Ibrahim, Raymond. Defenders of the West: The Christian Heroes who stood Against Islam. (Bombardier Books 2022) Kindle edition
I’ve read Ibrahim’s other history book, a study of battles, so I picked this one up as well. I’d heard of El Cid, both from the movie and from a (very hagiographic) older young reader biography I read a long time ago. Richard the Lionheart? Crusader and the good guy in Robin Hood, who was dumb enough to think irking the Duke of Austria was a good idea and then trying to sneak through the duke’s home territory. Jan Hunyadi? The not-a-king king of Hungary. I’d crossed paths with a number of the individuals highlighted in this book, which spans the years 1000 to 1600, more or less. However, other individuals are less well known, or are strangers to the western tradition (Skenderbeg), or have an afterlife unrelated to their real life (Vlad III).
Ibrahim is blunt about where his preferences are. He also uses primary sources from all sides in the conflicts, giving a good view of what the Berbers, Arabs, and Ottomans thought about the different men. He frames each mini-biography with the events of the time, giving the reader context often skipped in modern studies. This can make for odd reading, because often the primary sources are far more laudatory than modern accounts can be, or dare to be, or are supposed to be. Dispassion and balance were NOT considered critical attitudes for historians to have in the Middle Ages or early modern era. That lack of distance might be offputting to some readers. It took me a bit to adjust my mental frame, so to speak, to get past my Historian’s Bristle at effusive descriptions of people’s virtues (and vices, although that’s not something lacking from many current works.)
The biographic chapters are in chronologic order, from Godfrey of Bolougne and Rodrigo de Vivar “El Cid” to Skenderbeg and Vlad III. One thing Ibrahim points out on a regular basis is that these men fought defensive wars. The First Crusade and subsequent were launched in answer to the conquest of the Levant by the Seljuk Turks and the enslaving, robbing, and killing of native Christians (and Jews) and pilgrims from Europe. El Cid and Fernando de Leon y Castile (descendant of El Cid) fought to regain land occupied by the Berbers since the early 700s. Hunyadi, Skenderbeg, and Vlad III challenged the Ottoman Conquest of southeastern Europe, pushing back against Ottoman attacks and aggression. It’s easy today to forget that until 1689, Western Christianity fought a defensive war against Arab/Berber/Turkish forces.
The stories are great reads. Ibrahim lets the material speak for itself, with some additions to clarify places and to put events in the larger context of European politics. He’s not unbiased, but he is upfront about that, so you know what you are getting. I found his reminders about “yes, this lord/petty king turned his coat to survive, but that was normal. What Skenderbeg/Hunyadi/Vlad did was the exception” to be useful.
I’d recommend this to people interested in the various military figures, those curious about primary sources and where to find more (the bibliography and notes are extensive), and people looking for solid role-models for boys (and girls, but now days, especially boys.) Ibrahim does a good job working with the primary sources, and the book is quite readable once you get used to the various styles of the original material. I found his defense of Vlad III a bit intense, but then I remembered that I’ve read the books, and I know the history and politics of that region. Normal people don’t. They know either novel-Dracula, or Vlad the sadistic b-stard of an impaler.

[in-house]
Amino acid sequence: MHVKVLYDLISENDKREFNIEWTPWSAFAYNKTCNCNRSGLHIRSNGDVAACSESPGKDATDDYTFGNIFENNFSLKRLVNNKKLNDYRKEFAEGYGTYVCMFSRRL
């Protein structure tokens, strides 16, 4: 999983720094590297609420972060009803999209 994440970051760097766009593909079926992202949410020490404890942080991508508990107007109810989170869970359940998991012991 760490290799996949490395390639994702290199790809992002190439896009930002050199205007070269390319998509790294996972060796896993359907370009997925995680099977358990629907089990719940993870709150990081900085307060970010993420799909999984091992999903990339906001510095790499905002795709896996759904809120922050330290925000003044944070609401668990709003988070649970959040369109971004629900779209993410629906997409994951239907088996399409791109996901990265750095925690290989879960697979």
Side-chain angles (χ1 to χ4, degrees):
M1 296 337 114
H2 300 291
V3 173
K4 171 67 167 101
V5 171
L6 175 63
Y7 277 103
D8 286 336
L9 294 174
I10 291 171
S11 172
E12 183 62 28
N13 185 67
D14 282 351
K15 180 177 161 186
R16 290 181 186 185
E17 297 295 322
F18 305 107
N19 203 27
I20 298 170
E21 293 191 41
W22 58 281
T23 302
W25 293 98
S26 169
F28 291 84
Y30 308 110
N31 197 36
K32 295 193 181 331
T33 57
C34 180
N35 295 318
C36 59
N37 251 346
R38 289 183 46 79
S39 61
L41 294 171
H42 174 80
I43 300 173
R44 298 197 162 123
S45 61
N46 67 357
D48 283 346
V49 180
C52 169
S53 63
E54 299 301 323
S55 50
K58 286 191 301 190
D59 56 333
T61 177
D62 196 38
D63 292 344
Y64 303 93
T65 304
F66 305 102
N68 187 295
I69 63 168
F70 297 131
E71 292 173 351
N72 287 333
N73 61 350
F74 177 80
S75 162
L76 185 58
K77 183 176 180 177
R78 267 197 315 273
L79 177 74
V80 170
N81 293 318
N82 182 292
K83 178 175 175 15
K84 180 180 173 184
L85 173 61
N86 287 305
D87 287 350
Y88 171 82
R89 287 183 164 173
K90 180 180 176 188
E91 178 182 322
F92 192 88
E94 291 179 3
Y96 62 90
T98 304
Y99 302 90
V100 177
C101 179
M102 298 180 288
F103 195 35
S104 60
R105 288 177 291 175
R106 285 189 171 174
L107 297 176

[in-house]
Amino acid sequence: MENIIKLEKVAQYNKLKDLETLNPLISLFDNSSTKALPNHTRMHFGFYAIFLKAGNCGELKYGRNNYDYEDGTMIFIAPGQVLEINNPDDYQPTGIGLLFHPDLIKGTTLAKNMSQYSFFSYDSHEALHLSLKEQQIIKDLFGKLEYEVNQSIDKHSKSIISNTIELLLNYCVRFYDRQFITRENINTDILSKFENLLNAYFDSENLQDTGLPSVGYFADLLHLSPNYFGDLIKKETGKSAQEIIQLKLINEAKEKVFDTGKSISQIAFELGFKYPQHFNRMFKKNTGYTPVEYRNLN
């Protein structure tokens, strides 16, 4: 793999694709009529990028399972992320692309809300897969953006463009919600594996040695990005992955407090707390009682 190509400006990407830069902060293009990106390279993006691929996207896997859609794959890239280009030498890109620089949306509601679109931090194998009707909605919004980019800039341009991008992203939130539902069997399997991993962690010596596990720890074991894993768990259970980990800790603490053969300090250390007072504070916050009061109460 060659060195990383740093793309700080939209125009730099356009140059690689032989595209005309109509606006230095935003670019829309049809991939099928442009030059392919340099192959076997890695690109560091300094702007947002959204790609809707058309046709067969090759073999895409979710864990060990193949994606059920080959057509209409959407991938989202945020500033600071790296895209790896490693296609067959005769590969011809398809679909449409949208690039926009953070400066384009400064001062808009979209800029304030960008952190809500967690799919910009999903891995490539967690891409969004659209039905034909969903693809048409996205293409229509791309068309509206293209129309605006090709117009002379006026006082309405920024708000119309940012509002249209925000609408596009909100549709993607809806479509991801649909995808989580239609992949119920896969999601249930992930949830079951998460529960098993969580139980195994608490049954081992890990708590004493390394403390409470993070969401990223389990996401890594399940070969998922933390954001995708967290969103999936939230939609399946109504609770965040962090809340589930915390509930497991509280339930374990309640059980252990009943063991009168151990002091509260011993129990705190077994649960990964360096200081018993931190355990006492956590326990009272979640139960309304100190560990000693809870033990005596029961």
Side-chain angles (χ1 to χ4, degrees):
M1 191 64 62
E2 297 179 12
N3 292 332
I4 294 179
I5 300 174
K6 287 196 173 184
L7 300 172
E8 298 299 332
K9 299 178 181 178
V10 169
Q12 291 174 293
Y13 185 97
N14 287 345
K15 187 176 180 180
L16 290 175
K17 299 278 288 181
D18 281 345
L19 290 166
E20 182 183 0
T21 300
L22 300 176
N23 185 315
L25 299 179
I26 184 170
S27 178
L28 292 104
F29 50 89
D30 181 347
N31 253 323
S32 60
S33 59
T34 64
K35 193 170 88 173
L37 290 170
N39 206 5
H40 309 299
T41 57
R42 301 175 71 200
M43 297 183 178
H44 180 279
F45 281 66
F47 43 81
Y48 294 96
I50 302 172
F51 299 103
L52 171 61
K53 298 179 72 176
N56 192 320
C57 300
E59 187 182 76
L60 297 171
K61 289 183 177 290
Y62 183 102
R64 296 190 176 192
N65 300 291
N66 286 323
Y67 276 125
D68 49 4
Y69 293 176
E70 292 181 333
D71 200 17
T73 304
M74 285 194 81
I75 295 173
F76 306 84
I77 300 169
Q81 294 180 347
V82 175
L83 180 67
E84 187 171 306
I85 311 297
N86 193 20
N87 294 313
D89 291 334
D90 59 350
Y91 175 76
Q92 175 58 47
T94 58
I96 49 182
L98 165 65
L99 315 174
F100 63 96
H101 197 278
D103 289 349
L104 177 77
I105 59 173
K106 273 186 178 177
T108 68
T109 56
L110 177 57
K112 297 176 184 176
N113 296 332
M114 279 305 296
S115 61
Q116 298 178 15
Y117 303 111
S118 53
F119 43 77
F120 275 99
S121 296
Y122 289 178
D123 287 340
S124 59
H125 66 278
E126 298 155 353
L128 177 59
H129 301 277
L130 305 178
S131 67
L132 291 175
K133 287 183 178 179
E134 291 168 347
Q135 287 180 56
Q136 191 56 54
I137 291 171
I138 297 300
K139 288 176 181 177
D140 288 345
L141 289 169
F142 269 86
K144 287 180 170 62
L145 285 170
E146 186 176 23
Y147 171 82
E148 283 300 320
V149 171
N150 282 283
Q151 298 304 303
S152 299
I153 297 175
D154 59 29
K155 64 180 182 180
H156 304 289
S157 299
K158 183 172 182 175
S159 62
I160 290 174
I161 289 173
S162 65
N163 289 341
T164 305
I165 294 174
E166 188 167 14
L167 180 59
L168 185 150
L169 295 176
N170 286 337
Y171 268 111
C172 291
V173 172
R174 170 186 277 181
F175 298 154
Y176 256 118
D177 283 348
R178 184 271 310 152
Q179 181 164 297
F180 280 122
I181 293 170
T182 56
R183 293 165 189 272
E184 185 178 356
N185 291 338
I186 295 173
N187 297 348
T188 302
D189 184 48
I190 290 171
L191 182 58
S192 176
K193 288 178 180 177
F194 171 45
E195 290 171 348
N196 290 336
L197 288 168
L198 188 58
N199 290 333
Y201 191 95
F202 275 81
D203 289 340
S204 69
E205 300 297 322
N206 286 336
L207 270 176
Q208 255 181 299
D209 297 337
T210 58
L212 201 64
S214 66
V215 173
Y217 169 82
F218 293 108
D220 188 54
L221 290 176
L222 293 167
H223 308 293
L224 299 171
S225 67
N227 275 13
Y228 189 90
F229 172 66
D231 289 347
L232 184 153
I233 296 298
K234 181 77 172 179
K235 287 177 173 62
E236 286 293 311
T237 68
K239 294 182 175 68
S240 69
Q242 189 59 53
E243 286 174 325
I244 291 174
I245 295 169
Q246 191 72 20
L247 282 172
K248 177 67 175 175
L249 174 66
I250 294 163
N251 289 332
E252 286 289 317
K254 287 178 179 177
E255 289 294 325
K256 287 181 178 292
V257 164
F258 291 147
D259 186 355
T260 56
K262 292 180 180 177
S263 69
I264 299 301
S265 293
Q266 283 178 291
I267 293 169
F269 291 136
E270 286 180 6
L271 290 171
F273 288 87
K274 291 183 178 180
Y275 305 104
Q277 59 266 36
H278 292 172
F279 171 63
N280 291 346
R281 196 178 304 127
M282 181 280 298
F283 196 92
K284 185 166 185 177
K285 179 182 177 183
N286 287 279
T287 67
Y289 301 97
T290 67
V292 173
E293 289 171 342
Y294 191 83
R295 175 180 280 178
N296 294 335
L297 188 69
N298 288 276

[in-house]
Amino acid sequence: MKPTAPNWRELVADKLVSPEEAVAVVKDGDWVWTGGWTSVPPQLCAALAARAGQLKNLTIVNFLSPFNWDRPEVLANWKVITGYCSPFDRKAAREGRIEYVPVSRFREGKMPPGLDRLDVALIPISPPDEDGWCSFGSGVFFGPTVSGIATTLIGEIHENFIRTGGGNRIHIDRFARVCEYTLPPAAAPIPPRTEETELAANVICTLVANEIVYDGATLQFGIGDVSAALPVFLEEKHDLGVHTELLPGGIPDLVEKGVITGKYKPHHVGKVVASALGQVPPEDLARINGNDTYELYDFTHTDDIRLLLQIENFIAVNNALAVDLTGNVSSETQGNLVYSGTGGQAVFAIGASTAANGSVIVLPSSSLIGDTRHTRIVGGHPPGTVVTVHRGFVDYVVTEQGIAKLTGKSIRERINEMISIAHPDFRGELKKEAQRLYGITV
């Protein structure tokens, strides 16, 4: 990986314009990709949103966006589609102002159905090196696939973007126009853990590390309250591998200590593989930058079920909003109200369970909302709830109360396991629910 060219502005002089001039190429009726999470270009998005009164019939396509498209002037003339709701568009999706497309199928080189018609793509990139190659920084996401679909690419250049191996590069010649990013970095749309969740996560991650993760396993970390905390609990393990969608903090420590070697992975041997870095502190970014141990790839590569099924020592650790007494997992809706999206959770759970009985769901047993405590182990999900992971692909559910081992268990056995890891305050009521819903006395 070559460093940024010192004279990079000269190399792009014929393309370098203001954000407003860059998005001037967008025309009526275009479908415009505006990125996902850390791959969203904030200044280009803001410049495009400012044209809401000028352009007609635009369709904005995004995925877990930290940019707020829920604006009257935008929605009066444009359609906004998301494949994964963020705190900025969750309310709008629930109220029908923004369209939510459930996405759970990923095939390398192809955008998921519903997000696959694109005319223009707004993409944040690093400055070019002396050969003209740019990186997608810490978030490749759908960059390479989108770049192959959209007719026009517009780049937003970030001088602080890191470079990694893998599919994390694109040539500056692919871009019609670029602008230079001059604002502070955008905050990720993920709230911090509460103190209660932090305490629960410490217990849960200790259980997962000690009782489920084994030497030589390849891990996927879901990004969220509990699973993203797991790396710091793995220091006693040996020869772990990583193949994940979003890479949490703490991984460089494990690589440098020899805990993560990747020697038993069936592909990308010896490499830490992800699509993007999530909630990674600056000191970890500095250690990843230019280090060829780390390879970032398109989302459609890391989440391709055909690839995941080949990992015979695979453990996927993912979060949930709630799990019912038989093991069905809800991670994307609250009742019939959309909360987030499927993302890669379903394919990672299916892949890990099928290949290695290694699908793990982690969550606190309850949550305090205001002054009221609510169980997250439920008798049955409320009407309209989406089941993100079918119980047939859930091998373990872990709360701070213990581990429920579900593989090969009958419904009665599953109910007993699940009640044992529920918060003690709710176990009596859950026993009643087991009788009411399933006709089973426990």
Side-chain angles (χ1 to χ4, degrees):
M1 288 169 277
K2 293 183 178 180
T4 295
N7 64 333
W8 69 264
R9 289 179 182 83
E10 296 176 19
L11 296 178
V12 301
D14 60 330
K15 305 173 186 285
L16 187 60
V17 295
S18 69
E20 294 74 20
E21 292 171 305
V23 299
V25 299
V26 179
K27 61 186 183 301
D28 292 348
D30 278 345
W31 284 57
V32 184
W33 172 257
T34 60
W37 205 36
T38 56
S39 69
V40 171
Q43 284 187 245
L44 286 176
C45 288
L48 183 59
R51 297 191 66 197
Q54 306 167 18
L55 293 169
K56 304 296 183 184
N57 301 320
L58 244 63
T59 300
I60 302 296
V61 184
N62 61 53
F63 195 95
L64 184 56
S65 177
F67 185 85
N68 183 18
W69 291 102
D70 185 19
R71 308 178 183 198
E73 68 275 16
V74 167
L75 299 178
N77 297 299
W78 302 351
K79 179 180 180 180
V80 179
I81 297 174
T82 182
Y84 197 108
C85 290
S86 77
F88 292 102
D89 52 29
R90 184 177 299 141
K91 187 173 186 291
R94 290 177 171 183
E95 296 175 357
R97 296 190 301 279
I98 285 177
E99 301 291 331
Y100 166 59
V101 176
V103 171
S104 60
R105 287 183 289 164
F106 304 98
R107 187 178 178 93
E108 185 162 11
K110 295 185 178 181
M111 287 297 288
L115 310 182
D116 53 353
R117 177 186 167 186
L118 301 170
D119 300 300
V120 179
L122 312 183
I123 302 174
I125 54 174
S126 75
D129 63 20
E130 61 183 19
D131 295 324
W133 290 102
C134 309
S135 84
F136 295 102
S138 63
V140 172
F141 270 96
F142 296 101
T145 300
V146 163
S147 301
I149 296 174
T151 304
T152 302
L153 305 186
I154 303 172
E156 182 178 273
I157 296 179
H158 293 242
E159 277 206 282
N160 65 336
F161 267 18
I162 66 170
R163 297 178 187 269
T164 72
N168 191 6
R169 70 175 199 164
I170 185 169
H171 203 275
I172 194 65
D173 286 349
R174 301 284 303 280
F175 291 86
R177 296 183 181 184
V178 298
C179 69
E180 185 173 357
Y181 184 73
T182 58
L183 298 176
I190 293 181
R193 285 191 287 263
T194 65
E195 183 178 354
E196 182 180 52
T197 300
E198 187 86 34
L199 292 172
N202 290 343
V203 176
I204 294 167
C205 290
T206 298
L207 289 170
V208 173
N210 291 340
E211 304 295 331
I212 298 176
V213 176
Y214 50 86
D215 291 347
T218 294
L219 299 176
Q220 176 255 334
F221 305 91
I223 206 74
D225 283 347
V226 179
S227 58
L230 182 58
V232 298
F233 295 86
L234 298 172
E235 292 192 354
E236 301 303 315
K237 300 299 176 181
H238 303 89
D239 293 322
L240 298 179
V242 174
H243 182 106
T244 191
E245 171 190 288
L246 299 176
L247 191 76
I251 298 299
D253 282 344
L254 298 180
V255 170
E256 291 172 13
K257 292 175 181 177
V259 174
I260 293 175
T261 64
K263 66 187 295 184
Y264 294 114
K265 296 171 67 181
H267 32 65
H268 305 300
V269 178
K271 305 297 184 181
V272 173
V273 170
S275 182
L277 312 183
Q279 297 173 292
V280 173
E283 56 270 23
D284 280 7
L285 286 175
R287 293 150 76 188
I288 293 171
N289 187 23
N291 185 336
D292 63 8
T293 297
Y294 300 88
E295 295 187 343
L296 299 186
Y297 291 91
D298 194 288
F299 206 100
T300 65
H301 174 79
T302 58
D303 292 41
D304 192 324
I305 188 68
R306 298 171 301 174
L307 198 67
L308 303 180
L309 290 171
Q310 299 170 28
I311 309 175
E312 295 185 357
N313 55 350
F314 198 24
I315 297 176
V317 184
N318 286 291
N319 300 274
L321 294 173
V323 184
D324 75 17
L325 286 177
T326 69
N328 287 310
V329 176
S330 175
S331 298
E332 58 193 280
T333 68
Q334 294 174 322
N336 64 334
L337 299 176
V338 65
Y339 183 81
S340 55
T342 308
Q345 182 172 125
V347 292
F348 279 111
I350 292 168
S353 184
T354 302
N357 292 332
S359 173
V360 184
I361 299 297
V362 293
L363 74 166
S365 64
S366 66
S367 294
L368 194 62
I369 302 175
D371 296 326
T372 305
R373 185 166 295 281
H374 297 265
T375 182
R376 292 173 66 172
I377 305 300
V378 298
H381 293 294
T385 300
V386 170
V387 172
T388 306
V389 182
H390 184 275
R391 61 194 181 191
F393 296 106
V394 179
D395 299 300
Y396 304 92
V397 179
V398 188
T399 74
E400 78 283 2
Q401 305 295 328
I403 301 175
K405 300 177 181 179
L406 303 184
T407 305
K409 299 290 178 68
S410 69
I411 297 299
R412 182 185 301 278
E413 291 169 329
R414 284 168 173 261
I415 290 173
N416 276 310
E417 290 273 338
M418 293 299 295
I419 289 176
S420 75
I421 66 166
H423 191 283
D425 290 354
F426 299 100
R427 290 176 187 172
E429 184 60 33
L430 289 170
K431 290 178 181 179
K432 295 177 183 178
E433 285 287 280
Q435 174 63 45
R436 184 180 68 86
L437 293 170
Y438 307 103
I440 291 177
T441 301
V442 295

FTC Disclaimer: I purchased this book for my own use, and received no remuneration or consideration from either the publisher or author for this review.
“But Islam is a Religion Of Peace! It’s Always The Christians’ Fault!”. [Sarcastic Grin]
Seriously, it sounds interesting. More than I want to spend for a book but it’s on my To-Be-Purchased List. 😀
By the way, I saw some more books by this author in the KoboBooks store. They all sound interesting. 😀
Working my way through the Durant’s “History of Civilization” but did add this to my reading list. Always value your reviews. Thanks.
But do they know Vlad the Impala, a fine Chevy product? ;-p
Carp away! [pulls back on lanyard of carpapult]
So, this might be a good secondary source for writing a Fate Grand Order fic, with a tertiary goal of cheesing a few people off?
Yes. The sources in the bibliography are translated into English, so if you want to borrow or mimic, you’ve got a good template to start from.
I’ve actually heard of Skenderbeg. The Albanians consider him one of their greatest leaders. One tends to forget that the Ottomans conquered much of southern Europe and did not lose it until after 1800.
Some of the things you learn from stamp collecting.
Which is intriguing, since the country is majority Muslim (almost 3/4, depending on which statistics you go by.) I would guess his being anti-Ottoman outweighs his being anti-Islam for modern Albanians.
David Nicolle’s Cross & Crescent in the Balkans: The Ottoman Conquest of Southeastern Europe is a very readable history if anyone is interested in the Balkans during this time.